“The woman has too much skin for her bones and too many wrinkles for her years, as if her face were some animal of its own, slowly descending her skull each day, until one day it would cling to her jaw, and one day fall off completely, landing in the woman’s hands for her to look at and say, “This is the face I’ve worn my whole life.”—Johnathan Safran Foer
NICHI NICHI KORE KO NICHI: EVERY DAY IS A BEAUTIFUL DAY
What if I ask thirty-two questions?
What if I stop asking now and then?
Will that make things clear?
Is communication something made clear?
What is communication?
Music, what does it communicate?
Is what’s clear to me clear to you?
Is music just sounds?
Then what does it communicate?
Is a truck passing by music?
If I can see it, do I have to hear it too?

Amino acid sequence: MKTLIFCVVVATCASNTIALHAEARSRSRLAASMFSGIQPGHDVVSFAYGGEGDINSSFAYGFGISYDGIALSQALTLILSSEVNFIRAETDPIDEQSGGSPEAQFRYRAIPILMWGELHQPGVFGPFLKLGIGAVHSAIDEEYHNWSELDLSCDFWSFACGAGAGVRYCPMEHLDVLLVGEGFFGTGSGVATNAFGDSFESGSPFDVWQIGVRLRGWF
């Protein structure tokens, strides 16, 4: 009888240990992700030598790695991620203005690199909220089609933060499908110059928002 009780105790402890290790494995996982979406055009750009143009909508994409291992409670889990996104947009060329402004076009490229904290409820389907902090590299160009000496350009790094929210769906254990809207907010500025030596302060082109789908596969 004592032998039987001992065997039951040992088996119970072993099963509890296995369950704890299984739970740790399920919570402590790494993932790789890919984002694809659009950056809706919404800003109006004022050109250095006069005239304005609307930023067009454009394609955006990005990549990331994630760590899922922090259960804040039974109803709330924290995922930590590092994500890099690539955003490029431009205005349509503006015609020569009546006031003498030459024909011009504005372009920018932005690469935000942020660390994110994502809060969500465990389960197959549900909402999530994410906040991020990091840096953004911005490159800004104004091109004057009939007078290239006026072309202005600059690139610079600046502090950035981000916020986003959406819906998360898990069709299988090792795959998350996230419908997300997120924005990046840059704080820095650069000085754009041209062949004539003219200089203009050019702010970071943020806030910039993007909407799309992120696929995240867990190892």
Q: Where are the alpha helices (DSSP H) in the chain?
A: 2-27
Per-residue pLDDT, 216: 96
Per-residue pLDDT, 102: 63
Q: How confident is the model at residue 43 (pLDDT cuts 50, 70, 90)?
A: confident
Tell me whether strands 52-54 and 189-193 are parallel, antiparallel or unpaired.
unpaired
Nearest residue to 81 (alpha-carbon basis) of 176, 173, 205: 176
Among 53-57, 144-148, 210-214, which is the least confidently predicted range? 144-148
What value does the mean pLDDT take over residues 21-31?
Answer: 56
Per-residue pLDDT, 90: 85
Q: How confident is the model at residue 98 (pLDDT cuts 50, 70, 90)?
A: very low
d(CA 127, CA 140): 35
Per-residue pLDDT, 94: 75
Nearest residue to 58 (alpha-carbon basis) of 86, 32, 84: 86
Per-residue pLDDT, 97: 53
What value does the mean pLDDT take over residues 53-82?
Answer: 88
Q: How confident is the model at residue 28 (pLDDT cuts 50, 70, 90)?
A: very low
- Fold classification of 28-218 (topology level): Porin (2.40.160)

If I don’t hear it, does it still communicate?
If while I see it I can’t hear it, but hear something else, say an egg-beater, because I”m inside looking out, does the truck communicate or the egg-beater, which communicates?
Which is more musical, a truck passing by a factory or a truck passing by a music school?
Are the people inside the school musical and the ones outside unmusical?
What if the ones inside can’t hear very well, would that change my question?
Do you know what I mean when I say inside the school?
Are sounds just sounds or are they Beethoven?
People aren’t sounds, are they?
Is there such a thing as silence?
Even if I get away from people, do I still have to listen to something?